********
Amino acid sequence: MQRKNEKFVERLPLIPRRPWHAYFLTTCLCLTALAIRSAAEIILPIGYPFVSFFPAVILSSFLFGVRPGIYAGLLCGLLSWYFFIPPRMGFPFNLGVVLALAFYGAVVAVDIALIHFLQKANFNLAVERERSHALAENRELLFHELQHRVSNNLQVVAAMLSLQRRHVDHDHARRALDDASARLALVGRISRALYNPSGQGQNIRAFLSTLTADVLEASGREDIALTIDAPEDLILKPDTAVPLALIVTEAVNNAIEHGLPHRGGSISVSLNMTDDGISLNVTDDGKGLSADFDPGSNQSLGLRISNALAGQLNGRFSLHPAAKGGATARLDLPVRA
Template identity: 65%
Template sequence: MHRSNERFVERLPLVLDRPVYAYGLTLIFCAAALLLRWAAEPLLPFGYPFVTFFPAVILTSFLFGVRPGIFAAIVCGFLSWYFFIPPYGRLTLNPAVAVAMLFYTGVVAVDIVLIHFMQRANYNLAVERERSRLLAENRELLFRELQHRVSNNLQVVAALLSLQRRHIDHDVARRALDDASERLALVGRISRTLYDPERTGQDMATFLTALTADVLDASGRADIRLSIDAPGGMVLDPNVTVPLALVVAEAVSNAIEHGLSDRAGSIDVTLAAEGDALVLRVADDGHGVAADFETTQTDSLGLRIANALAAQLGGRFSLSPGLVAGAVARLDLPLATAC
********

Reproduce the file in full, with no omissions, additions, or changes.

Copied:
Amino acid sequence: MQRKNEKFVERLPLIPRRPWHAYFLTTCLCLTALAIRSAAEIILPIGYPFVSFFPAVILSSFLFGVRPGIYAGLLCGLLSWYFFIPPRMGFPFNLGVVLALAFYGAVVAVDIALIHFLQKANFNLAVERERSHALAENRELLFHELQHRVSNNLQVVAAMLSLQRRHVDHDHARRALDDASARLALVGRISRALYNPSGQGQNIRAFLSTLTADVLEASGREDIALTIDAPEDLILKPDTAVPLALIVTEAVNNAIEHGLPHRGGSISVSLNMTDDGISLNVTDDGKGLSADFDPGSNQSLGLRISNALAGQLNGRFSLHPAAKGGATARLDLPVRA
Template identity: 65%
Template sequence: MHRSNERFVERLPLVLDRPVYAYGLTLIFCAAALLLRWAAEPLLPFGYPFVTFFPAVILTSFLFGVRPGIFAAIVCGFLSWYFFIPPYGRLTLNPAVAVAMLFYTGVVAVDIVLIHFMQRANYNLAVERERSRLLAENRELLFRELQHRVSNNLQVVAALLSLQRRHIDHDVARRALDDASERLALVGRISRTLYDPERTGQDMATFLTALTADVLDASGRADIRLSIDAPGGMVLDPNVTVPLALVVAEAVSNAIEHGLSDRAGSIDVTLAAEGDALVLRVADDGHGVAADFETTQTDSLGLRIANALAAQLGGRFSLSPGLVAGAVARLDLPLATAC